Large Datasets, Small Models and Monetary Policy in Europe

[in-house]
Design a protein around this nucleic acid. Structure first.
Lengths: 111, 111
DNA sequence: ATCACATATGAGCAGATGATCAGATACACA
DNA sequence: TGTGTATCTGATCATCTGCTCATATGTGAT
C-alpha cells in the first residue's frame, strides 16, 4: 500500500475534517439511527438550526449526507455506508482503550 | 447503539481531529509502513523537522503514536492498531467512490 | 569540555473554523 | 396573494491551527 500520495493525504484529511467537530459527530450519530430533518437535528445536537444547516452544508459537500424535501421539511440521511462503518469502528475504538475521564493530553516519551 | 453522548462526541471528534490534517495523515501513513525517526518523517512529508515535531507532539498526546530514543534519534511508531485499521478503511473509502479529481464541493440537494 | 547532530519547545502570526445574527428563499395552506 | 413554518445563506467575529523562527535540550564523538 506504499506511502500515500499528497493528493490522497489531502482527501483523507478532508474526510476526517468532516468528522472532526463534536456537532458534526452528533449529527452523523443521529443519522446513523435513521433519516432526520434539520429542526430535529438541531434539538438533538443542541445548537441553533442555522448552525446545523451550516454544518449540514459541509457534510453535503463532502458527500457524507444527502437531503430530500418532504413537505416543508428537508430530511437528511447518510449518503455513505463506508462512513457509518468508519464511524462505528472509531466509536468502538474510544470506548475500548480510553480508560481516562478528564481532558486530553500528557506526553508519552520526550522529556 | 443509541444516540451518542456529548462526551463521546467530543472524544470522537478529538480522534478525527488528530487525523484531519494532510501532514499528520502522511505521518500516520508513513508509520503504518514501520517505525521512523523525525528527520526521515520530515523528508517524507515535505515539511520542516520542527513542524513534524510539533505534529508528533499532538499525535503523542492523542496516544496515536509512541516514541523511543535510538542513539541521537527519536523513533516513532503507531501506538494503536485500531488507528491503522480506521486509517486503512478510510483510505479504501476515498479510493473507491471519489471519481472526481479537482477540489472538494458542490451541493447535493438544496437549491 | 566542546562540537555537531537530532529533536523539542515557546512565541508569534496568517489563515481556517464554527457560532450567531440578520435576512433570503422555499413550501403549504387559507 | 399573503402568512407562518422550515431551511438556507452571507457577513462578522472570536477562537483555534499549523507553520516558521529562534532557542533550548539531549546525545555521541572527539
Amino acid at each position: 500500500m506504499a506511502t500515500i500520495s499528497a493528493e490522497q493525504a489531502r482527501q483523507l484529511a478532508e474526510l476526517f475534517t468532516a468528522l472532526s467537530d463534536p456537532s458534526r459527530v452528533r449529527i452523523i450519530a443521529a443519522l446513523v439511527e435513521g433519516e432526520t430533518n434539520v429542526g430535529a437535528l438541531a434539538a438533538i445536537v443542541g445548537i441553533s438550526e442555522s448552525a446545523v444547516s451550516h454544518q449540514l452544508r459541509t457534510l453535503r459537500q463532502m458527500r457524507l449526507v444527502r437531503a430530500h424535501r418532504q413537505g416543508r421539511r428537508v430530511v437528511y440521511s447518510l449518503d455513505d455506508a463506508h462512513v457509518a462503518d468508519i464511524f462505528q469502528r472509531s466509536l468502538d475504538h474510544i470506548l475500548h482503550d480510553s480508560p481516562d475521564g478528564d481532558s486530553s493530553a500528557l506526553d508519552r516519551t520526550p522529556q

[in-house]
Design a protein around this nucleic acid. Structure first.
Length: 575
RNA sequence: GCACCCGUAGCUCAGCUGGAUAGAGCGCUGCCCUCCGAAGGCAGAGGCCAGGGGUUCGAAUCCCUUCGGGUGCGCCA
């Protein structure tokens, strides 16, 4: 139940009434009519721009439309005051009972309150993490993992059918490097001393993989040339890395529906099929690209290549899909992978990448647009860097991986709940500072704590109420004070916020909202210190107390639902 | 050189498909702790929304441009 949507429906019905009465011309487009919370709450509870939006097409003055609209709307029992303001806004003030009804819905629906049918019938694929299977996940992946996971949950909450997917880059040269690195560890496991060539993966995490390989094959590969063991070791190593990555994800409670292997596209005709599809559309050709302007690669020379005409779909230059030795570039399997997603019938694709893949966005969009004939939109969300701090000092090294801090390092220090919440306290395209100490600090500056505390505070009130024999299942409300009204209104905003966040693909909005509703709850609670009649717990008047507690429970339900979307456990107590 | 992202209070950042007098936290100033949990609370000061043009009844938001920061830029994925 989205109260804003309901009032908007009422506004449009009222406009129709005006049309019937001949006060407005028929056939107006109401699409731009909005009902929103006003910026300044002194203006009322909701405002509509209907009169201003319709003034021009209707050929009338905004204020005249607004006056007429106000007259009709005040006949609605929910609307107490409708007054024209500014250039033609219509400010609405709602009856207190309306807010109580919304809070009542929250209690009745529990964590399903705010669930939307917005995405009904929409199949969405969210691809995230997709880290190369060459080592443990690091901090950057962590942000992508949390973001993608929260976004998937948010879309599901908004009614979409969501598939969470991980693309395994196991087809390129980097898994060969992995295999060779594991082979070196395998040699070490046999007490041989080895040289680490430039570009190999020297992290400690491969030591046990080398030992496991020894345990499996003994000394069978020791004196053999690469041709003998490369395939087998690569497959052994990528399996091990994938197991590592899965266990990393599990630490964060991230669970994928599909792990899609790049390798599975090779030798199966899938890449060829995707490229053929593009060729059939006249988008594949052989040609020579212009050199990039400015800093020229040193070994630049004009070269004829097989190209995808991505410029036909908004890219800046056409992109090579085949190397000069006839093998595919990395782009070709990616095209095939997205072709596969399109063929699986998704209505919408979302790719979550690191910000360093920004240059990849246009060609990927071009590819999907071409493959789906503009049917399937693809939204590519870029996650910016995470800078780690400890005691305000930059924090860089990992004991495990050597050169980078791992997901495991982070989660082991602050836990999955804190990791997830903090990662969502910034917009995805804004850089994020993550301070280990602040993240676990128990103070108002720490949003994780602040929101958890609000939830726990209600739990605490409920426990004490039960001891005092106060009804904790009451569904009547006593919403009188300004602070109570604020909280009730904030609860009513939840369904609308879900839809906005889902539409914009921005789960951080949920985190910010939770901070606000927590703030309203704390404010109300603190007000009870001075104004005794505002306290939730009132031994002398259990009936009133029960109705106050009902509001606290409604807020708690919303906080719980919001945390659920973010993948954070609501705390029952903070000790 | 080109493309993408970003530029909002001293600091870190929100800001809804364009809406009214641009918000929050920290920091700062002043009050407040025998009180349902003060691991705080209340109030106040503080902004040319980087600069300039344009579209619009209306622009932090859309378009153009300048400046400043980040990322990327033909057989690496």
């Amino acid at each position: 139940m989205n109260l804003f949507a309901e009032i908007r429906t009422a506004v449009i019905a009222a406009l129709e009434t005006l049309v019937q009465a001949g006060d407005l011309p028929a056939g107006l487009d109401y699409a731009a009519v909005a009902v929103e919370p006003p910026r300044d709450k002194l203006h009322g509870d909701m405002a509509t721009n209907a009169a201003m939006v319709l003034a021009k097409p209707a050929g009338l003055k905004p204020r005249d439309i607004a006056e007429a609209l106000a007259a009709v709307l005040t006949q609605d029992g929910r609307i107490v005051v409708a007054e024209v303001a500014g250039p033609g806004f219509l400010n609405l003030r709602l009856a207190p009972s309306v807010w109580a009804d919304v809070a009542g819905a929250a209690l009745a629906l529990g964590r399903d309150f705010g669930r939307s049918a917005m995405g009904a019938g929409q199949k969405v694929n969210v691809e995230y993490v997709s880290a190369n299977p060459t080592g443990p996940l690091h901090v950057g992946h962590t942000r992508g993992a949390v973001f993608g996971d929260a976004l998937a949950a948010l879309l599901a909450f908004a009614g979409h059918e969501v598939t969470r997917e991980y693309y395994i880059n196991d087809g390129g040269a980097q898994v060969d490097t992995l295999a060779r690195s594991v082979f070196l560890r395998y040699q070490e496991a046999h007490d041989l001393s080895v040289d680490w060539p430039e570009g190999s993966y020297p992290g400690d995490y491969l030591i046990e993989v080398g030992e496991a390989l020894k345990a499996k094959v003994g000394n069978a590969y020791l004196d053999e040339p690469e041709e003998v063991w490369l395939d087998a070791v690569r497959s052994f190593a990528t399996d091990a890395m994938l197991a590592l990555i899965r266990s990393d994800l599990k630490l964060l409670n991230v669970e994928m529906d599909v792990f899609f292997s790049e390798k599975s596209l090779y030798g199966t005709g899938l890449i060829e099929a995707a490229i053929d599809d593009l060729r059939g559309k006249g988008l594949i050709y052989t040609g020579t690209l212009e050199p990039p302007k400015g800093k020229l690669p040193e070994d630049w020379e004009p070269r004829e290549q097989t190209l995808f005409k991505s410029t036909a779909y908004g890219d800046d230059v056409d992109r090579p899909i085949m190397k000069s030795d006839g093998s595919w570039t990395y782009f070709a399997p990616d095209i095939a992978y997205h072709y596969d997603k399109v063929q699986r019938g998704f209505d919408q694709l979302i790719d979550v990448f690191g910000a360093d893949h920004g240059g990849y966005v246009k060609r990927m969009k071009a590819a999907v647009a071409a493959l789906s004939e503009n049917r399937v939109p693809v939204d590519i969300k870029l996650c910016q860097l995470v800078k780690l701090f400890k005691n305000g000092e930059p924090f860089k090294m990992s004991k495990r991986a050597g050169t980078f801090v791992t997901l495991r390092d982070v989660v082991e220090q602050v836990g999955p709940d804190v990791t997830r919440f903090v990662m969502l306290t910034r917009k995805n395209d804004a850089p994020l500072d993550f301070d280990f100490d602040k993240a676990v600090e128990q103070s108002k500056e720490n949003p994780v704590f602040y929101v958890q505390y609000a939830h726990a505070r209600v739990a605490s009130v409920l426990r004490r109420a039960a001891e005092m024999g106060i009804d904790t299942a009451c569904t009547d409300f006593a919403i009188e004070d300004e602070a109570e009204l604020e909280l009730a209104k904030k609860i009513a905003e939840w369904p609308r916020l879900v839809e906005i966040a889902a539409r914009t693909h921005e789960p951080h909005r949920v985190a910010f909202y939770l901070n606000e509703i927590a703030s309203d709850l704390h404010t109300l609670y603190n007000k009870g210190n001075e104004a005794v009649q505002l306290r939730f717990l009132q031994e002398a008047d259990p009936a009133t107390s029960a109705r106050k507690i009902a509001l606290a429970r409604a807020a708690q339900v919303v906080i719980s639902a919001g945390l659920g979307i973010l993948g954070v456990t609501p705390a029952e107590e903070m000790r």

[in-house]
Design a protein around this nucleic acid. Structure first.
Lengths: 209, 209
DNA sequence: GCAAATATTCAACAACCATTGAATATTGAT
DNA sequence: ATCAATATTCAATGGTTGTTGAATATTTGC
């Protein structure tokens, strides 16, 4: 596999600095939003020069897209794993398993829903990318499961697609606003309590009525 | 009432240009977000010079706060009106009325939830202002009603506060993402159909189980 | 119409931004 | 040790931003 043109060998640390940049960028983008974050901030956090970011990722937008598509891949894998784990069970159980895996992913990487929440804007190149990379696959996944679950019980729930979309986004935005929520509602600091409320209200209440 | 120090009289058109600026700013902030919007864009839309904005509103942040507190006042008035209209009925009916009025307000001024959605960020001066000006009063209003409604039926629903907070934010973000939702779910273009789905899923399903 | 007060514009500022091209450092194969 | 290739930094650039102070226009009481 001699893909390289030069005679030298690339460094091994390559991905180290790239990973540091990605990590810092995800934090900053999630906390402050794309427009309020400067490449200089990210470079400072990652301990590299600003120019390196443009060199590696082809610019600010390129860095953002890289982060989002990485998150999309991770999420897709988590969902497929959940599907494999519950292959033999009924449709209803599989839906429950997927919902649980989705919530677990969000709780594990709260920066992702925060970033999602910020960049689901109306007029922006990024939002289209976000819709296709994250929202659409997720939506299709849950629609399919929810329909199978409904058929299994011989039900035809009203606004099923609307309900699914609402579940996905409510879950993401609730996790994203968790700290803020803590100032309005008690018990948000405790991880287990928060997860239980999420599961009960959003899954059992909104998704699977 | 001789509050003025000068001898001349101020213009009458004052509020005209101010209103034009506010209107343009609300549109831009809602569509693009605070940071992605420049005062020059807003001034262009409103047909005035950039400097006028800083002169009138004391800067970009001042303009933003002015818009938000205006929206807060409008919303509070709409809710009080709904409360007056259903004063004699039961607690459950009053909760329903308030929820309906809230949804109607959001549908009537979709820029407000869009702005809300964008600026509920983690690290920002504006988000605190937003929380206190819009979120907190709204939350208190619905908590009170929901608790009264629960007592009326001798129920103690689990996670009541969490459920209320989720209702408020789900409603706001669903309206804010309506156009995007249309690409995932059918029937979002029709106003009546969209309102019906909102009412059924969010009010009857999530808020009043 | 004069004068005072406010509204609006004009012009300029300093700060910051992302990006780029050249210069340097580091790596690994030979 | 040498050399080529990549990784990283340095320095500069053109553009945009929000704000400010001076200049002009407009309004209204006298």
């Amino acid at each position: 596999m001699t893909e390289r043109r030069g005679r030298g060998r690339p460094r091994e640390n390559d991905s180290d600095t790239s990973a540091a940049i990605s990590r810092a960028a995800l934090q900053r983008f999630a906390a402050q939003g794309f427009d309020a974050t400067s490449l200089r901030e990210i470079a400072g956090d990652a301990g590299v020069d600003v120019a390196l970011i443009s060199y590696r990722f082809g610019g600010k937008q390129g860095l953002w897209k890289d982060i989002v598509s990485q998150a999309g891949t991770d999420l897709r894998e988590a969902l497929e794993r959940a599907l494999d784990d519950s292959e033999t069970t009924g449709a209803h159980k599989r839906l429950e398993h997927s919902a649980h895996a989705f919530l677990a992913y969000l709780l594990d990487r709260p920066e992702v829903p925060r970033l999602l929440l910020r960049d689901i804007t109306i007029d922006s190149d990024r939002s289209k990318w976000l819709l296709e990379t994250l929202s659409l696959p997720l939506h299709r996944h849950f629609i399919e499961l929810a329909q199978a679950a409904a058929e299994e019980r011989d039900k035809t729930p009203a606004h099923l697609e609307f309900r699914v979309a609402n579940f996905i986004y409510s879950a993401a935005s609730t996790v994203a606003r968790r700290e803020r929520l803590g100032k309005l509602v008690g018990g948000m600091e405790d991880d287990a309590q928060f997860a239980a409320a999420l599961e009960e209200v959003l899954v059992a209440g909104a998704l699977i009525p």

Nowadays a considerable amount of information on the behaviour of the economy is readily available, in the form of large datasets of macroeconomic variables. Central bankers can be expected to base their decisions on this very large information set. Yet the academic profession has shown a clear preference for using small models to highlight stylized facts and to implement policy simulation exercises. Omitted information is then a potentially relevant problem. Recent time-series techniques for the analysis of large datasets have shown how vast an amount of information can be captured by few factors. In this paper we combine factors extracted from large datasets with more traditional small-scale models to analyse monetary policy in Europe. In particular, we model hundreds of macroeconomic variables with a dynamic factor model, and summarize their informational content with a few estimated factors. These factors are then used as instruments in the estimation of forward-looking Taylor rules, and as additional regressors in structural VARs. The latter are then used to evaluate the effects of unexpected and systematic monetary policy.
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